Ed Reed largely talked around his demotion.
But it’s obvious that being demoted wasn’t necessarily part of his plan.
The veteran safety has had a diminishing role with the Texans, and didn’t start last week. By his estimation, it’s the first time since his early days in college he didn’t start.
He called himself “the ultimate team player,” but the team he plays for hasn’t won a game with him in the lineup, and it’s clearly frustrating for everyone.
“I’m human,” Reed said, via Tania Ganguli of ESPN.com. “I have trial and tribulations like anybody else. Did I accept it well? No, I didn’t because I look at the tape as well. I’m grading, not just myself, but us a whole. At the same time, like I said, I understand this game. I understand where I’m at. I understand communication with my coach and what he’s trying to accomplish, what we’re trying to accomplish. At the end of the day, that’s for the betterment of the team.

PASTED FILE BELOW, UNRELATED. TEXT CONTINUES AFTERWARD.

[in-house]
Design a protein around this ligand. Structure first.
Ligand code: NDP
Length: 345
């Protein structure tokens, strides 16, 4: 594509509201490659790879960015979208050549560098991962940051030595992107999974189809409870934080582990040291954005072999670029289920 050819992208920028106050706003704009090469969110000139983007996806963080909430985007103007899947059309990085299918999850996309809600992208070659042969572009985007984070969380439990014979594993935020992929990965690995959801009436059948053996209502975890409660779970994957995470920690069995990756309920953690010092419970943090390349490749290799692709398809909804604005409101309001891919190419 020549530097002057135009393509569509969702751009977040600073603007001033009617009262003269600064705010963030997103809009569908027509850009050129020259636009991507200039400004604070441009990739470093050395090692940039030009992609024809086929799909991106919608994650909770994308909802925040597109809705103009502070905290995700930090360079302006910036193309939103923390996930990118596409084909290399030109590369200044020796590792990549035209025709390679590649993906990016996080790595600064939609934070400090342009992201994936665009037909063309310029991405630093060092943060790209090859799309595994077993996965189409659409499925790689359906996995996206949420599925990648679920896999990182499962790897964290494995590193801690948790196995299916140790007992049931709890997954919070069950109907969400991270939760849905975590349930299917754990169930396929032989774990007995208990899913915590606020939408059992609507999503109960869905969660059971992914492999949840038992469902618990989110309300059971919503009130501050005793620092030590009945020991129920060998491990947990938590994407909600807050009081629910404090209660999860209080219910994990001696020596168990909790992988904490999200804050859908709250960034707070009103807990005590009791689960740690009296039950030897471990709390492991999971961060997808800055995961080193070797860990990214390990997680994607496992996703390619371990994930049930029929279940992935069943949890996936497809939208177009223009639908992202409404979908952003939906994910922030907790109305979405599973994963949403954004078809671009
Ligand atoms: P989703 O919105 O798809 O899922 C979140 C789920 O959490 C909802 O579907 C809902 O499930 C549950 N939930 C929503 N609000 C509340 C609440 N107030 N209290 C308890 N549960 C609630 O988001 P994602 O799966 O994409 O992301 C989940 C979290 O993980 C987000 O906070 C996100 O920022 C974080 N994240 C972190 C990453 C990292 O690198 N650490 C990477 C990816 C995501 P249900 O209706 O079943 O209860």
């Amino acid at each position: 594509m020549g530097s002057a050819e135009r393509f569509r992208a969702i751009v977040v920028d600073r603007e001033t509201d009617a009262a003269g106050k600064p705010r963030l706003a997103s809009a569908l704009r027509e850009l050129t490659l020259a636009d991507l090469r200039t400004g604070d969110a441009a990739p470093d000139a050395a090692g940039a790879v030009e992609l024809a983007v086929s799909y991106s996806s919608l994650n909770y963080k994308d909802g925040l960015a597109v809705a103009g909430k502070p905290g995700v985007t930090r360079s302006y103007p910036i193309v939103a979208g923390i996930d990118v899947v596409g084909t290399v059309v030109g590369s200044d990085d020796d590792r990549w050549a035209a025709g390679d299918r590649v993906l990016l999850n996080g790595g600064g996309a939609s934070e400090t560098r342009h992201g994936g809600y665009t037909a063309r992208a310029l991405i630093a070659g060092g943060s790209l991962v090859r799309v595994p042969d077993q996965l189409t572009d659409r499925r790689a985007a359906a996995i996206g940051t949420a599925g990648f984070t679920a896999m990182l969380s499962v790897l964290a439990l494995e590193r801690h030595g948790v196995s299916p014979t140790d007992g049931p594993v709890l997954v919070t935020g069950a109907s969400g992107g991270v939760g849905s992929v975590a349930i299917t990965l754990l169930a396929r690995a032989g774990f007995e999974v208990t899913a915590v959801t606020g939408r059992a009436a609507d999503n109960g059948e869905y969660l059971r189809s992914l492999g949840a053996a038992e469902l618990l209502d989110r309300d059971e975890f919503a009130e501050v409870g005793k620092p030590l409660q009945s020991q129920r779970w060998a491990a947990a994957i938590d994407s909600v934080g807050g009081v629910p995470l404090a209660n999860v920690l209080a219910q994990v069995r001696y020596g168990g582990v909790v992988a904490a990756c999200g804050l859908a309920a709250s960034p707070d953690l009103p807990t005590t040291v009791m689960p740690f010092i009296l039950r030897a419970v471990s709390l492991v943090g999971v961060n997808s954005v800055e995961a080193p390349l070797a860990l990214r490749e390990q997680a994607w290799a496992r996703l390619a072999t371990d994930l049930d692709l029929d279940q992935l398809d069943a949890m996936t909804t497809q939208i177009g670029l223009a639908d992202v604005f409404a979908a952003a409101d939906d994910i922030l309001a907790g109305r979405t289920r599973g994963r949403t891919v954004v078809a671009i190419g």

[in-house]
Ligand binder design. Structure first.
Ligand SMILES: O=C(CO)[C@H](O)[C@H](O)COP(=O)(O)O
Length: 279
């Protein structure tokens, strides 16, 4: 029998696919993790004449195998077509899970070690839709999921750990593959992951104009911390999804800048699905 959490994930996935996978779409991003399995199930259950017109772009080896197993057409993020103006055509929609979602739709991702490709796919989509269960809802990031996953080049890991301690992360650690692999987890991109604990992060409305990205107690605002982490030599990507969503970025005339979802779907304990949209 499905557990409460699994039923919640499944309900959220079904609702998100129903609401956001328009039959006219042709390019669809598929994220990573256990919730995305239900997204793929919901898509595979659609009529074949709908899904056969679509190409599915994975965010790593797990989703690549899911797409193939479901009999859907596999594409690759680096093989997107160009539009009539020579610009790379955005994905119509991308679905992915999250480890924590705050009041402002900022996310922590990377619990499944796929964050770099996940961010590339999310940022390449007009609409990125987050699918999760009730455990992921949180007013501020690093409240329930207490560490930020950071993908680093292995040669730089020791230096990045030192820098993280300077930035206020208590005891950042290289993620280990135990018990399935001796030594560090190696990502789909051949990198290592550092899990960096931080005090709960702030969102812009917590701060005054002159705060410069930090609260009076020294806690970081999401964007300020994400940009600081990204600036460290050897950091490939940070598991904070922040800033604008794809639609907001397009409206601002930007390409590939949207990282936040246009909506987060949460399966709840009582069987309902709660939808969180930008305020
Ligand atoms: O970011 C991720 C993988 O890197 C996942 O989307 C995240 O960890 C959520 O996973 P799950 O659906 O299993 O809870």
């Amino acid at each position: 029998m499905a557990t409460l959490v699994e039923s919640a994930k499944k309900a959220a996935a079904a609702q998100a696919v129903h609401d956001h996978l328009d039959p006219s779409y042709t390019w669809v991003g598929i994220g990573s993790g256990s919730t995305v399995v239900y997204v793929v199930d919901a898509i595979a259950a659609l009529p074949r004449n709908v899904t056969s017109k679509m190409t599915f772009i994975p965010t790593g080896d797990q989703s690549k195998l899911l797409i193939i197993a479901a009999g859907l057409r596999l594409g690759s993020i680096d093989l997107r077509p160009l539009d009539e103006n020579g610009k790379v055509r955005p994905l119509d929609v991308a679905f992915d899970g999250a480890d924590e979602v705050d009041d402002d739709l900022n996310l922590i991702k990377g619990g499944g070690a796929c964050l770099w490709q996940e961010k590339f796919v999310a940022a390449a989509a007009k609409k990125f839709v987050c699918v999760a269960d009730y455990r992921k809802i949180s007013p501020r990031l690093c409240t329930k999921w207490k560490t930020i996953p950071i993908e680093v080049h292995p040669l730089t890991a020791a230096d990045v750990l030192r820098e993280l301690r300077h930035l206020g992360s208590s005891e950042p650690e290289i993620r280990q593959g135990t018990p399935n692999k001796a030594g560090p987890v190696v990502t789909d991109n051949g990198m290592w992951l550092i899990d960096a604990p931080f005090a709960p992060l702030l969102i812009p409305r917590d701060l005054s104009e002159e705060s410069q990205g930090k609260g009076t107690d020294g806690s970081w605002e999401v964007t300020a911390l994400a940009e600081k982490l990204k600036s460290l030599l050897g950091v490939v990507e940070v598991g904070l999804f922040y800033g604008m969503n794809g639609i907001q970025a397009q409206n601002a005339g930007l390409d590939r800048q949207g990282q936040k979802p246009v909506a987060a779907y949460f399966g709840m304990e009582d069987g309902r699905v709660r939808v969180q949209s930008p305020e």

“I also know that I didn’t have the reps to show that I can still do what I do even if I’m on the field. . . . But they haven’t thrown my way, not anywhere close. I think the ball has come close to me twice. Am I not doing my job or am I not being tested?”
Either way, he’s been deemed a lesser alternative to D.J. Swearinger and Shiloh Keo, though the Texans have tried to downplay the switch, saying it’s more about certain players being used in certain packages.
“Whether the sixth man or the starter or not, it’s just like a lot of other positions, it depends on what the offense comes out in in the first series or so,” interim head coach Wade Phillips said. “Sometimes they come out in four-wide and so-and-so isn’t in there and you say, ‘he’s not a starter,’ and vice versa. It’s really dictated by our packages and what we do as to who’s actually playing the first play of the game.”
That is certainly polite and might be true, but it doesn’t take a long look at Reed to see he’s not the Ed Reed of old, and not what they thought they were buying.